The Other Driver Probably Thought I Was a Jerk – The problem with our stories

 In Communication, Negative emotions

Have you ever been misunderstood or misunderstood someone else’s intentions? It’s because there’s a problem with our stories we tell ourselves.

As I was approaching the roundabout, I touched my brakes to slow down. All I heard was the grinding sound of the anti-lock braking system as I started to slide. I looked to my left and noticed a car coming and quickly realized that we would be at the exact same spot in the roundabout in the next second. I switched to the gas pedal to give some power to my front tires so I could at least steer to the right. I stayed next to the other car’s side in the roundabout and exited to the right as they continued around. Our cars never touched. Phew!!

I knew it was a close call, but I was also thinking of what must have been going through the other person’s mind. They may not have realized that I couldn’t stop and that I did my best to avoid running into them. Instead, they probably thought I was a crazy driver that didn’t look where I was going and didn’t yield to oncoming traffic. 

Later that day my husband was recounting his experience at that same roundabout. Some crazy driver had pulled out in front of him without yielding so he had to hit his brakes to avoid a collision. What a jerk!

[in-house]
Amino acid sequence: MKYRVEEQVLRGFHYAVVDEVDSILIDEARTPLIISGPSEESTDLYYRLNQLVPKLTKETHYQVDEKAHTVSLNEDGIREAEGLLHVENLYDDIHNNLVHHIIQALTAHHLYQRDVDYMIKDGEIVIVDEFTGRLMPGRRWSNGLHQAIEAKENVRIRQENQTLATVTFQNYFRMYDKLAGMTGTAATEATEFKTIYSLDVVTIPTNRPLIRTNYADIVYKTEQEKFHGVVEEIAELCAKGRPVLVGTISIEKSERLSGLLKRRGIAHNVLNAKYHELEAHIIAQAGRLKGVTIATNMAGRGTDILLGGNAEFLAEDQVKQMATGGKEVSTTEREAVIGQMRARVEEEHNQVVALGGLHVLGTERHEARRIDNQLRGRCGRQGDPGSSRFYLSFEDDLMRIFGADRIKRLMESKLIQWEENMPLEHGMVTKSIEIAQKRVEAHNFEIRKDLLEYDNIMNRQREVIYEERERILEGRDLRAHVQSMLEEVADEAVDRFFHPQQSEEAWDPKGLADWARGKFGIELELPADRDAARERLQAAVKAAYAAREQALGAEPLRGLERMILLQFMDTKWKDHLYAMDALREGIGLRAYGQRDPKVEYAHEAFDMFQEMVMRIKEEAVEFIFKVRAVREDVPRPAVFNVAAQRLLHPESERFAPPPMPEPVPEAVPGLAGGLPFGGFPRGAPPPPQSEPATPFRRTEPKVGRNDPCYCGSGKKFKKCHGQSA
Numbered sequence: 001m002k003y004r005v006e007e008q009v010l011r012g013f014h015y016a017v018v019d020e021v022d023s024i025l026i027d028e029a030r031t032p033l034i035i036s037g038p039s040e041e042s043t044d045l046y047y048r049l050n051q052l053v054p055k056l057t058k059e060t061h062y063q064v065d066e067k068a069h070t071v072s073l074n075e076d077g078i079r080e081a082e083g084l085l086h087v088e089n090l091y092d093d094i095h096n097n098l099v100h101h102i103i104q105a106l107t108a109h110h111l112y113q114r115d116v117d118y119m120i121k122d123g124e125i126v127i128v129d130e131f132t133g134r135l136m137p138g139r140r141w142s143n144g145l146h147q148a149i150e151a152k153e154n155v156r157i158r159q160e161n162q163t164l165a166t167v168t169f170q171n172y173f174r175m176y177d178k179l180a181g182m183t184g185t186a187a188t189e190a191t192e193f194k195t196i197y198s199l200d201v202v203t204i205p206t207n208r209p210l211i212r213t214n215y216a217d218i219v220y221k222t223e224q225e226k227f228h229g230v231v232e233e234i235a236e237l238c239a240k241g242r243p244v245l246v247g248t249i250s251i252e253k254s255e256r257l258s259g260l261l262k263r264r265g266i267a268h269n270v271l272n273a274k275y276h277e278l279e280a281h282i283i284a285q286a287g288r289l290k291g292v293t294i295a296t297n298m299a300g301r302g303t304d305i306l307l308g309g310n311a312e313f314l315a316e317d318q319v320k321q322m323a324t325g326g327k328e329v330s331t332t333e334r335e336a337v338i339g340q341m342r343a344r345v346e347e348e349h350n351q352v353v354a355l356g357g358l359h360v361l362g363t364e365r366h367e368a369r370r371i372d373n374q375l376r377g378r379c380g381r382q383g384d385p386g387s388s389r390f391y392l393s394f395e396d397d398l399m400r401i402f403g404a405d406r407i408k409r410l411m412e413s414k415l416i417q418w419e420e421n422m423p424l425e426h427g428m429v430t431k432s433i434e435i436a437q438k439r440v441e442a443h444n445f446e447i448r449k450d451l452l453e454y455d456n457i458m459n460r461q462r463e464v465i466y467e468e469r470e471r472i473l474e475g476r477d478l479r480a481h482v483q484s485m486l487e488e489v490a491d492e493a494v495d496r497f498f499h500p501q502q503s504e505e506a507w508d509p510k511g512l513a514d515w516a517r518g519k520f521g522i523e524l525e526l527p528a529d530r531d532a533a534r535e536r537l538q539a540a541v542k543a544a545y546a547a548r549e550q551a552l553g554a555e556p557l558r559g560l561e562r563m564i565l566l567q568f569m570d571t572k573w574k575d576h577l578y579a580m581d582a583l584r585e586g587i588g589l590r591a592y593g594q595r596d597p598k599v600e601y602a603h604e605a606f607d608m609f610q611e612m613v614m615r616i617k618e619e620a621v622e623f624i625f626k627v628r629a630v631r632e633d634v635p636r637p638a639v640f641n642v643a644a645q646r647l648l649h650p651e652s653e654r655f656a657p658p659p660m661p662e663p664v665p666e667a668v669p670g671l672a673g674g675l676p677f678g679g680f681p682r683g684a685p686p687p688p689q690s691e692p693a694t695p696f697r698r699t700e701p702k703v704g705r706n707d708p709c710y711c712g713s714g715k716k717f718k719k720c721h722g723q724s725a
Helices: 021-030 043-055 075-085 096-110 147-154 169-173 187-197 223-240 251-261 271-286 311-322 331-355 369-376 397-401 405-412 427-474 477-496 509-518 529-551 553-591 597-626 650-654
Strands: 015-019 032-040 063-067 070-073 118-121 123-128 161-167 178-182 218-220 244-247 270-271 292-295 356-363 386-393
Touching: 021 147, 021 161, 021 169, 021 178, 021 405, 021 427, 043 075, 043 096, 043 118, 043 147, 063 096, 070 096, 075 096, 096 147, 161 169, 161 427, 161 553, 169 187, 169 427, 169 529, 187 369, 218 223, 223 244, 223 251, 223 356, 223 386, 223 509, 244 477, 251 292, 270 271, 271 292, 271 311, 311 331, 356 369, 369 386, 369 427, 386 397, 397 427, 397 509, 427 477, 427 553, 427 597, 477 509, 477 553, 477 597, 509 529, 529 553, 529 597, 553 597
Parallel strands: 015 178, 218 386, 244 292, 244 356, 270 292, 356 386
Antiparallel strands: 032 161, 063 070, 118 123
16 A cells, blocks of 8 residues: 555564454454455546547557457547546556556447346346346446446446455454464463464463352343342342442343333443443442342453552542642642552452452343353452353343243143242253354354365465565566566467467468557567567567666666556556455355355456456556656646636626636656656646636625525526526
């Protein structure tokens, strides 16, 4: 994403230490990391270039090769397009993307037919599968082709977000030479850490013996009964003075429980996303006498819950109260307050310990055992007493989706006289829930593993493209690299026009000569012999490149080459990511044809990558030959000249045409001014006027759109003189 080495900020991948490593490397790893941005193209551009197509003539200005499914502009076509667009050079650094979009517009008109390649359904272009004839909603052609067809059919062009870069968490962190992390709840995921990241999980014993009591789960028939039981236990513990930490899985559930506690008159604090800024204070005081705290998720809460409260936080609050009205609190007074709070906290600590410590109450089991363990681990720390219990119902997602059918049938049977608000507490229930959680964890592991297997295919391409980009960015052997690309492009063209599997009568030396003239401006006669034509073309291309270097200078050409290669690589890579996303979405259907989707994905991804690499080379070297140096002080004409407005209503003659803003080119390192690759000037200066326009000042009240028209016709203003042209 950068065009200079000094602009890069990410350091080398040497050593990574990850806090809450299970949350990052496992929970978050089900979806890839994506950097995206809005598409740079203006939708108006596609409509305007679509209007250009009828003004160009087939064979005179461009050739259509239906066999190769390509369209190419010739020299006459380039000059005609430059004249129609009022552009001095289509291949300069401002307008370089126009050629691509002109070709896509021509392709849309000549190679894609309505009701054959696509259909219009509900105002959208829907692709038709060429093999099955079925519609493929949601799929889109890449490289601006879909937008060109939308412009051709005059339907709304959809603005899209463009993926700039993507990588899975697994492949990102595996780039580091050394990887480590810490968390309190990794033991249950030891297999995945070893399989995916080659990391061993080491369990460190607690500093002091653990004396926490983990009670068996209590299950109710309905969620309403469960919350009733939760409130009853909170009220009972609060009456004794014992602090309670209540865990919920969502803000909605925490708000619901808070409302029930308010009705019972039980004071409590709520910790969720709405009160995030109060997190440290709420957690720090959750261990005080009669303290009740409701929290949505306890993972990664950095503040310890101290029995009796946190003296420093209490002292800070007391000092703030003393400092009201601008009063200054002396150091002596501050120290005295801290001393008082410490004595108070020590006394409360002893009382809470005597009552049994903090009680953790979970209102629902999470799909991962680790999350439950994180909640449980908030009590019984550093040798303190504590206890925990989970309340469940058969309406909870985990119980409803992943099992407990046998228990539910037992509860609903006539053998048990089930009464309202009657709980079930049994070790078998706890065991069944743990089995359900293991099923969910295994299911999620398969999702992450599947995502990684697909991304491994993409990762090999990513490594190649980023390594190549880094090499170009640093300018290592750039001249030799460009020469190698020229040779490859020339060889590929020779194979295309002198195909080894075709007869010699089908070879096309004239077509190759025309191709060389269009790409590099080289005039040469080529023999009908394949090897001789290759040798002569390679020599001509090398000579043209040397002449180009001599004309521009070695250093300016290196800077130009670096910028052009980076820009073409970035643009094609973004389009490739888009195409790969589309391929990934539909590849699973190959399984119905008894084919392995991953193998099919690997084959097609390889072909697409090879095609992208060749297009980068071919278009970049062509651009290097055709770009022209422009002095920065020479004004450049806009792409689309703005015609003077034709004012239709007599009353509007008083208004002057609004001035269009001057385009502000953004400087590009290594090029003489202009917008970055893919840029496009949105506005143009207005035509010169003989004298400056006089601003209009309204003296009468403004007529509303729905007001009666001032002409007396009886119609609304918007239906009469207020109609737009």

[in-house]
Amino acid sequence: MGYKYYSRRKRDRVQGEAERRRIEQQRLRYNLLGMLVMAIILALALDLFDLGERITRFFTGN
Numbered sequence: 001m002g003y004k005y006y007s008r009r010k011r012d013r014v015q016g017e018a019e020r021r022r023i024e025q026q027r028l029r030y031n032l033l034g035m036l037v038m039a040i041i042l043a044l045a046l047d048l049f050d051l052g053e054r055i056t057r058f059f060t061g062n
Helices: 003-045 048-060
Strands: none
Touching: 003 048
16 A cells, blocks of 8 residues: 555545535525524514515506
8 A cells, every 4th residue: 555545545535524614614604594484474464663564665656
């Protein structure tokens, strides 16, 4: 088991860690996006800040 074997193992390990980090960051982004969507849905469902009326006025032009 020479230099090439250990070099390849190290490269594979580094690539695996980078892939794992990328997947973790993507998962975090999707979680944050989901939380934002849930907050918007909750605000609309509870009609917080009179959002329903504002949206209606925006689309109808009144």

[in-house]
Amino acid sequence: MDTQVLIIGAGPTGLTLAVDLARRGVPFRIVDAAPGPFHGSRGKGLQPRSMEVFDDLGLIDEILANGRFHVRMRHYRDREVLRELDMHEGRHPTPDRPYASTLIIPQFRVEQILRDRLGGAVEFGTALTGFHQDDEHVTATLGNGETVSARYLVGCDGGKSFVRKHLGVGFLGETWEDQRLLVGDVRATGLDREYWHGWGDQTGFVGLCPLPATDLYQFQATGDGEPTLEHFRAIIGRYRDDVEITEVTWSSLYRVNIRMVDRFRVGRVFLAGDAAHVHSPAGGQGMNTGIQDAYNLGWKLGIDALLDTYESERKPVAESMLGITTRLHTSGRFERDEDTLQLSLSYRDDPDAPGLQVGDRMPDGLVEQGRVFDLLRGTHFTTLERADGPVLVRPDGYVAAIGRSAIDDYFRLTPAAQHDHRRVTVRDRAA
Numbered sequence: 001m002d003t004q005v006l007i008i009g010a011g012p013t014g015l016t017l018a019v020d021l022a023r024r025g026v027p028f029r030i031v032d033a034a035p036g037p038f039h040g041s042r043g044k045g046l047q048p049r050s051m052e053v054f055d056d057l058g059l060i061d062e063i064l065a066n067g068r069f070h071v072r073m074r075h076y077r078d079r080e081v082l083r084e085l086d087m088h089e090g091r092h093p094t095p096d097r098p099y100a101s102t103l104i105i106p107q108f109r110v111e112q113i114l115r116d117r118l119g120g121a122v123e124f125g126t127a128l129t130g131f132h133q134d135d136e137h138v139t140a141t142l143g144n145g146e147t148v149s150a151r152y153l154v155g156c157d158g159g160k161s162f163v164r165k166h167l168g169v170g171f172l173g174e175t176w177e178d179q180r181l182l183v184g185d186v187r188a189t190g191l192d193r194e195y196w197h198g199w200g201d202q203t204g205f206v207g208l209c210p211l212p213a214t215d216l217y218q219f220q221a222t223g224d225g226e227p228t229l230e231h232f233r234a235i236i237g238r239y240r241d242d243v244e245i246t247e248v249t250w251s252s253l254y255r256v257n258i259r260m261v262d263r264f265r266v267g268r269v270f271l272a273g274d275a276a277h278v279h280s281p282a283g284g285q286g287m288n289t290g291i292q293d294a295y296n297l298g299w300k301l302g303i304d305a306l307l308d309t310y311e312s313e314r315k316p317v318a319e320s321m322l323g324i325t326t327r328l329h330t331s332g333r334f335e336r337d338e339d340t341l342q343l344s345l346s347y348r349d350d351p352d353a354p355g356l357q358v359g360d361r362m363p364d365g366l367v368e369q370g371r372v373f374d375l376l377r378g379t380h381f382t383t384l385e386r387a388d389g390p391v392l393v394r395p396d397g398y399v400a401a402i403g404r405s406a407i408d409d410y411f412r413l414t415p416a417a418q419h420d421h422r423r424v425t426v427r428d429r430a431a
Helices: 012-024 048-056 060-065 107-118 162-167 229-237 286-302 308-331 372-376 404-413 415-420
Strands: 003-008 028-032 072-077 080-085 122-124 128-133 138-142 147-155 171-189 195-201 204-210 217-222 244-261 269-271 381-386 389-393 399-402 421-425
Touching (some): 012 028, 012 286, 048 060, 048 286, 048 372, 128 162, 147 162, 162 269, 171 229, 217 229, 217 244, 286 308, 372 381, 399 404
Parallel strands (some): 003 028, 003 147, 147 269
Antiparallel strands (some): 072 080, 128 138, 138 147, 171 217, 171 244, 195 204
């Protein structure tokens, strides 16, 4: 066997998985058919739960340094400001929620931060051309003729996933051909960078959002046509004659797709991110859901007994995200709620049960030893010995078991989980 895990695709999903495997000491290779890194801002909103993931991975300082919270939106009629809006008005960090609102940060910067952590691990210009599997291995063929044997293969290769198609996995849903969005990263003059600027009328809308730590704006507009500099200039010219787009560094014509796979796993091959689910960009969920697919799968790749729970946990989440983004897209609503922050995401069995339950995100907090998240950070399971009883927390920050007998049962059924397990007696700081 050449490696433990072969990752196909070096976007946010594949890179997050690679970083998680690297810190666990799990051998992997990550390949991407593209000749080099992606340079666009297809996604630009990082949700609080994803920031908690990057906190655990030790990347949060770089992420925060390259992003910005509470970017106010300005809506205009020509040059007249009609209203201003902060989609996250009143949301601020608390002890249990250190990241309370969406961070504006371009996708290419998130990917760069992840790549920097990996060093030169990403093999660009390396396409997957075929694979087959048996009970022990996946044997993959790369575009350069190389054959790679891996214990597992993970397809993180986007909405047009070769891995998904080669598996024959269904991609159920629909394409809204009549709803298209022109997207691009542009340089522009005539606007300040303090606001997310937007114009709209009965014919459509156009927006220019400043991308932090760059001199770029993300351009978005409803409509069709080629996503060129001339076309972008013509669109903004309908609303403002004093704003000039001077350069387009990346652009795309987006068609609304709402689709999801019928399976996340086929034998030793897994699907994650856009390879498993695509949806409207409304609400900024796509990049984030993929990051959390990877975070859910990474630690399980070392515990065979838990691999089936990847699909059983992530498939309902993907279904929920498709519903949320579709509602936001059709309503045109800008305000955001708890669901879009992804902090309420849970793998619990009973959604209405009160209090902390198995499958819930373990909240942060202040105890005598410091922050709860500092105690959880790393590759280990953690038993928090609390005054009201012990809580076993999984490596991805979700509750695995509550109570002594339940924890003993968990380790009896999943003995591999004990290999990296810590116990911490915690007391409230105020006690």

I had to laugh as I shared my story from earlier that day. I told him, “Maybe that driver encountered the same icy patch as me. Maybe they couldn’t stop.” This new insight gave my husband a reason to reconsider the situation.

I’m always amazed at how often we tell ourselves stories, and how often we assume the worst. I’ve learned that this is a normal part of our survival instinct. The problem is that our negative interpretation of the situation can leave us feeling frustrated or upset (and sometimes saying or doing something unhelpful). But once we learn that our brains naturally jump to the worst conclusion, we can notice it happening and realize we can change our stories. Even if we’ll never know the true intentions of the other person, we can ask ourselves;

  • Do we know this story to be true?
  • What assumptions are we making?
  • Is there another explanation?

These questions can guide us to see other possibilities that have less impact on our mood.

Give it a try this week. See if you can notice when you jump to the worst conclusion and use the questions above.

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